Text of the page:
This article from 2013 may be old, but it contains the core facts about getting your online web video made.

Getting your message across through a video when you are a supplier can do wonders for your business. And still, it can be quite baffling figuring out how to get it right. Understanding a few key points about web video production can make the entire process seem a whole lot simpler. So here’s the how to.

Before you get started with having your first video done, you need to be sure about the objective, as this will guide how the viewer responds to your message.

Ask yourself, what do you want to achieve through this video; are you answering a query or generating one?

There are 12 common types of web video that are used for online content:

  1. Animation/motion graphics
  2. Behind the Scene
  3. Case Studies
  4. Corporate
  5. Demonstration
  6. FAQ
  7. Live event
  8. Presenter led videos
  9. Promotional web video
  10. Sales Lead Generating Video
  11. Testimonials
  12. Viral (story telling)

However, which type of video you will choose depends on one of the four corresponding layers of your sales process?

  • The Acknowledgement layer tells the story of your brand
  • Engagement turns viewers in brand ambassadors
  • Conversion helps your viewers make informed decisions and buy
  • The Loyalty/Customer Service layer is when you want to manage customers through an on-going customer support and service

To formulate a good video strategy, you need to make sure to use a mixture of each video type, with each one of them feeding into the other, funnelling towards a healthy viewer-business relationship, and an increase in sales.

‘Videos that educate and demonstrate are given the greatest attention with consumers watching multiple times prior to purchasing,’ says the e-tailing group survey (Feb 2012).

Let’s take a deeper look at these four layers:

Acknowledgement Layer

It tells the story of your brand. It starts the conversation by telling the viewers who you are and what you have to offer. Even though it is not about selling, it leads to sales by making your target audience aware of your company as it tells the story of your brand.

Engagement Layer

It helps your brand go social by showing the face behind your business through a ‘how to’ or ‘meet the experts’ video. Through this, you can make the brand a part of your viewer’s lives. It can help turn your viewers into brand ambassadors who will share your content through social media networks and expand your market through word of mouth.

Conversion Layer

It has only one basic purpose – to allow the customers to make an informed purchase decision. From assembly instructions and product profiles to customer service videos and testimonials – they are cost efficient to produce, short in length, and for some businesses, their main focus when it comes to video. Unlike the previous two layers, it directly drives sales and is often embedded into websites, in order to enhance the customer experience.

Loyalty/Customer Service Layer

Almost all B2B and B2C companies are providing helpful ‘how to’ web videos about their products and services. They are available 24/7 and are always consistent. Consumers realize that post-sales service and support, is part of the true cost of sale and consider it as a part of their sales journey.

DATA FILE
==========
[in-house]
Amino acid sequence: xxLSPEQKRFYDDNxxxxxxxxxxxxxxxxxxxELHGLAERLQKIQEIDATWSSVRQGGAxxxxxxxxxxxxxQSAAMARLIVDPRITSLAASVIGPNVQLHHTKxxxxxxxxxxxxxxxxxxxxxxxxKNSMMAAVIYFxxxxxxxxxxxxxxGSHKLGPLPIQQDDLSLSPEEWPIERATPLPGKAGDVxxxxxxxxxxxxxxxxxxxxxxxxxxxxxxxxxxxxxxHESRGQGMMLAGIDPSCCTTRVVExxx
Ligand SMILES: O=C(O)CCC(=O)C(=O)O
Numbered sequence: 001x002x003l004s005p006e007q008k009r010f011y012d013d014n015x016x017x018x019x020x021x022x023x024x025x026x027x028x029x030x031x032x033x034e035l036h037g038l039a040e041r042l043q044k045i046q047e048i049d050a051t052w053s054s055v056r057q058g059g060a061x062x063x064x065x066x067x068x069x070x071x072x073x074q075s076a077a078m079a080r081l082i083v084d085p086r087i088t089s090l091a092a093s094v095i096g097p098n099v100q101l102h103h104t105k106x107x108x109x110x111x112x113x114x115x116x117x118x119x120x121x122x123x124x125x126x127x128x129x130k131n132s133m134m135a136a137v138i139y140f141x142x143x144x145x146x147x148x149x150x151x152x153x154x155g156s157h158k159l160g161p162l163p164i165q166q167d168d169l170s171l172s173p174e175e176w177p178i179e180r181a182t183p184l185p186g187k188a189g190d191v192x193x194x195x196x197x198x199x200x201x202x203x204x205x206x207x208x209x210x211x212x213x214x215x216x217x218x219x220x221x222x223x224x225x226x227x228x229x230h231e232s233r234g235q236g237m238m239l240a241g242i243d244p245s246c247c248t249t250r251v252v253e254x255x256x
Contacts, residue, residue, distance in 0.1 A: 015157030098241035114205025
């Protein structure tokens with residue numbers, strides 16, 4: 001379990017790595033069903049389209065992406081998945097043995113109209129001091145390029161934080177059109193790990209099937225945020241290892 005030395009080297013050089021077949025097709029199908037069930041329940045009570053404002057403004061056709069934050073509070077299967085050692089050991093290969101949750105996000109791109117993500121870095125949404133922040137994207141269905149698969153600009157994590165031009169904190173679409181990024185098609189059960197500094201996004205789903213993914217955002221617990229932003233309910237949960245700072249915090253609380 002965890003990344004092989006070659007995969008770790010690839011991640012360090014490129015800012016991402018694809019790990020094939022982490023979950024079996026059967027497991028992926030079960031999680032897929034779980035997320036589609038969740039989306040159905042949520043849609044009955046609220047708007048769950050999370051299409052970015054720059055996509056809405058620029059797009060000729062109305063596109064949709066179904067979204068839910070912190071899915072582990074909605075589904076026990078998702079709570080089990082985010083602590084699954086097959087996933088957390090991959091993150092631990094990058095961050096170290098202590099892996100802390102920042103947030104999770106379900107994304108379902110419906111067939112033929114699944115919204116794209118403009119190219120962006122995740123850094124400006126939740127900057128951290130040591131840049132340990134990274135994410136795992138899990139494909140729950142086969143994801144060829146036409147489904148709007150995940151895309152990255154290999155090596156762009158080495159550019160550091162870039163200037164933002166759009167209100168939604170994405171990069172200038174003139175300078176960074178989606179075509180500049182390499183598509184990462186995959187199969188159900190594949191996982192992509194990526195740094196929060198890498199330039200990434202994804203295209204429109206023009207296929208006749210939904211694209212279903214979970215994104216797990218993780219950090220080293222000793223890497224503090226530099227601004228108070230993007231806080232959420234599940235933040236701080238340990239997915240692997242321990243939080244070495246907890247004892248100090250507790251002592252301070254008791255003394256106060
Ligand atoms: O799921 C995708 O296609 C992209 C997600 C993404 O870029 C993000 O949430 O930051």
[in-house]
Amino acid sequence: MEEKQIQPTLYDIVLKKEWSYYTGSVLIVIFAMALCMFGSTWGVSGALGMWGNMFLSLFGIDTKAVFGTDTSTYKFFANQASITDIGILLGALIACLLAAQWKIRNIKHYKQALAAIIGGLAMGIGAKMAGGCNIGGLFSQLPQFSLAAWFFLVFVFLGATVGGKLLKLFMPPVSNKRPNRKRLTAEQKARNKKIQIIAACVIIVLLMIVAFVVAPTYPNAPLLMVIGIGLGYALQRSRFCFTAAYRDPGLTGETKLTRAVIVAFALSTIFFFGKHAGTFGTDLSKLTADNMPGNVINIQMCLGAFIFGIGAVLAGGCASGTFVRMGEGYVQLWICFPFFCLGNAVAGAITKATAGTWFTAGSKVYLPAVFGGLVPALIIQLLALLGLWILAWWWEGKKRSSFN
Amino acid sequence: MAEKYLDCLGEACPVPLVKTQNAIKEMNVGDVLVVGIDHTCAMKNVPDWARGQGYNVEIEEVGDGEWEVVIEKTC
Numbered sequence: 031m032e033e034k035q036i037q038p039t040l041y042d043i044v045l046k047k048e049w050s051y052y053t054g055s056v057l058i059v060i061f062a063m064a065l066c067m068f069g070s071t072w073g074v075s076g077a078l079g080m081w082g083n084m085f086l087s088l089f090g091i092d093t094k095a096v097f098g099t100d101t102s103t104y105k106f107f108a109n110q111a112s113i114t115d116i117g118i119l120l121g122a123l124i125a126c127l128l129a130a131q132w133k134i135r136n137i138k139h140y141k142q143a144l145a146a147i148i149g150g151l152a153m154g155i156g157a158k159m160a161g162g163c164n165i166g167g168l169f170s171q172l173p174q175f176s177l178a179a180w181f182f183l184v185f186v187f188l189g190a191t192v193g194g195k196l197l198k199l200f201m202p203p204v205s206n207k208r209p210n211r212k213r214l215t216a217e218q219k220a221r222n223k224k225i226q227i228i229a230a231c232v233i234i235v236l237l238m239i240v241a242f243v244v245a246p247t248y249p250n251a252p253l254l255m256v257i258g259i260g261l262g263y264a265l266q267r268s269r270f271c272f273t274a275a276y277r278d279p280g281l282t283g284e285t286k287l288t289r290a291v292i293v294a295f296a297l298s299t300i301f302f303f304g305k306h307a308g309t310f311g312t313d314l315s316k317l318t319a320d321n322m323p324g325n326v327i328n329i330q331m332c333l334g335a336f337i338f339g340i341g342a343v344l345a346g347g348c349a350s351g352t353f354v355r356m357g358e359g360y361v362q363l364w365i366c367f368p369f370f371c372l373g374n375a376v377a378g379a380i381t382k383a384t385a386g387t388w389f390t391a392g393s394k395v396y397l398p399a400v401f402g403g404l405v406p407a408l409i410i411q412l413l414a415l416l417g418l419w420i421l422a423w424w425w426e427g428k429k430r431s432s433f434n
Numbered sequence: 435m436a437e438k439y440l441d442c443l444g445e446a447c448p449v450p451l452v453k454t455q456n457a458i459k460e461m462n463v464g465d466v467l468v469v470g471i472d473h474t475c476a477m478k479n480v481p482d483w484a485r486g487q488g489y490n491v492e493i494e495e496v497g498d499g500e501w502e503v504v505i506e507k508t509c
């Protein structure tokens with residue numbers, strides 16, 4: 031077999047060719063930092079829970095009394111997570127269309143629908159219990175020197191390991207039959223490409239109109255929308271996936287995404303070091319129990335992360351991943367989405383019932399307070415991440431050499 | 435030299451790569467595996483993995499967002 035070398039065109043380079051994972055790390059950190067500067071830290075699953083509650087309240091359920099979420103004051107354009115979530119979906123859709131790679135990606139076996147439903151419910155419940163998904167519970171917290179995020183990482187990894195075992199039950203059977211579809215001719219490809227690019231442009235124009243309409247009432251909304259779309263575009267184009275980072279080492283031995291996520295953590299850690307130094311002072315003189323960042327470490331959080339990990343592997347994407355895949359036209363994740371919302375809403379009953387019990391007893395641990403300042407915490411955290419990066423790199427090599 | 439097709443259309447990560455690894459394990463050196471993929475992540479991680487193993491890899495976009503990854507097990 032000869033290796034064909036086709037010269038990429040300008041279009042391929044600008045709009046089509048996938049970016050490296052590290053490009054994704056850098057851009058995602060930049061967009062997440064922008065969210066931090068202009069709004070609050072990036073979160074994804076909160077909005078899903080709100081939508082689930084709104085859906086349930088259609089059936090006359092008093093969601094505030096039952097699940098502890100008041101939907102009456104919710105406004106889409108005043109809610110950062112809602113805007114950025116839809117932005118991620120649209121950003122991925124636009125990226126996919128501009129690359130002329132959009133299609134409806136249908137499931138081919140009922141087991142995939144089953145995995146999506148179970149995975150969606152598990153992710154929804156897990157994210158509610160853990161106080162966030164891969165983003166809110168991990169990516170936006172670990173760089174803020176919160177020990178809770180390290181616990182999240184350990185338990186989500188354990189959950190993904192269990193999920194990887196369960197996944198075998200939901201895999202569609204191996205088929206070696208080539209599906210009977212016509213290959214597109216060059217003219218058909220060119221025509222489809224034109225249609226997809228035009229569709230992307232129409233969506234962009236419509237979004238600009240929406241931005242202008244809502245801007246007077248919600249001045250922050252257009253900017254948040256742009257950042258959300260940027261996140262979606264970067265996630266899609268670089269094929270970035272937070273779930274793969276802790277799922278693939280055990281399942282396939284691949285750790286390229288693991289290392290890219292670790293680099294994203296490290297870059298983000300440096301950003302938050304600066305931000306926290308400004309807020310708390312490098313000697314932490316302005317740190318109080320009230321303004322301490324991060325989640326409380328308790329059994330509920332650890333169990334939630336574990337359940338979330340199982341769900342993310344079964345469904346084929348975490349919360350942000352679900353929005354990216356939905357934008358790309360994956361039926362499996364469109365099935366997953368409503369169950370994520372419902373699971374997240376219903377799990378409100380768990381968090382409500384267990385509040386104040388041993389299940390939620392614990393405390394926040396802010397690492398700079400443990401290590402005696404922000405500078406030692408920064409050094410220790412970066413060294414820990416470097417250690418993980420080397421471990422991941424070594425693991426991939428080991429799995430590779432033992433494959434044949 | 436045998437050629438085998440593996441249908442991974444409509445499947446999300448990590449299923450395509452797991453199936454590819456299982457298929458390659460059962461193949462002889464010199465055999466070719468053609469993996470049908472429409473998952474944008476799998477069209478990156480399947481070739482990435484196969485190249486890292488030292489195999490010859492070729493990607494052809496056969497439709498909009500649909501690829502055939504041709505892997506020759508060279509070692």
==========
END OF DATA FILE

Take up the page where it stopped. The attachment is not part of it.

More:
Check out a more indepth look at how to use video throughout your customers’ journey.

Once you have a clear objective and decided on your video, it’s time to move on to the next stage – the production stage.

Before you actually start with the production, you would need to pick a filmmaker to produce the video. Whether you pick a professional film company, the ‘owner-operator’, or some bright young students to cut corners, make sure you are on the same page. Discuss everything with your potential partners and check their portfolios beforehand to be sure if it’s the same type of work that you’d like for your video? Most filmmakers have their own unique style of shooting a video.

You should educate yourself with all the stages of the production process, as it would save you a lot of hassle.

The brief. State clearly your objective, the target audience and the desired outcome on a piece of paper. It’s a good idea to mention the proposition (or the key message) and your budget.

The concept. What is the overarching idea that will achieve our objective? Will it be a talking head, an animation, a vox-pop, or location filming? Look at your competitors’ website to get an idea.

The script. It holds all the information about the video – What will it say? How will it be presented? What will be the visual elements involved? Which audio elements will be used?

The storyboard. Before you invest your precious money and time in shooting the video, the storyboard will paint a visual image of your video before your eyes. You will know how it will be shot, what will be the camera angles, etc. and most importantly, it will be the common ground between you and the production company.

After you have decided on your storyboard, and finalised everything, you should be ready for the actual filming of your web video. Know the location, the talent and the crew and always build in an hour at the least for some form of unexpected delay. Remember, filming is an intense business and regular breaks are necessary to keep everyone and especially your Presenter fresh over the course of the day.

Once you have filmed the video, comes the Post Production stage. It is where an editor will edit the film and provide you with a video to review. You’ll be given a feedback form where you can provide your comments, should it need re-editing. Make sure that you have scheduled ample time for this, as it will determine the final look and feel of your video.


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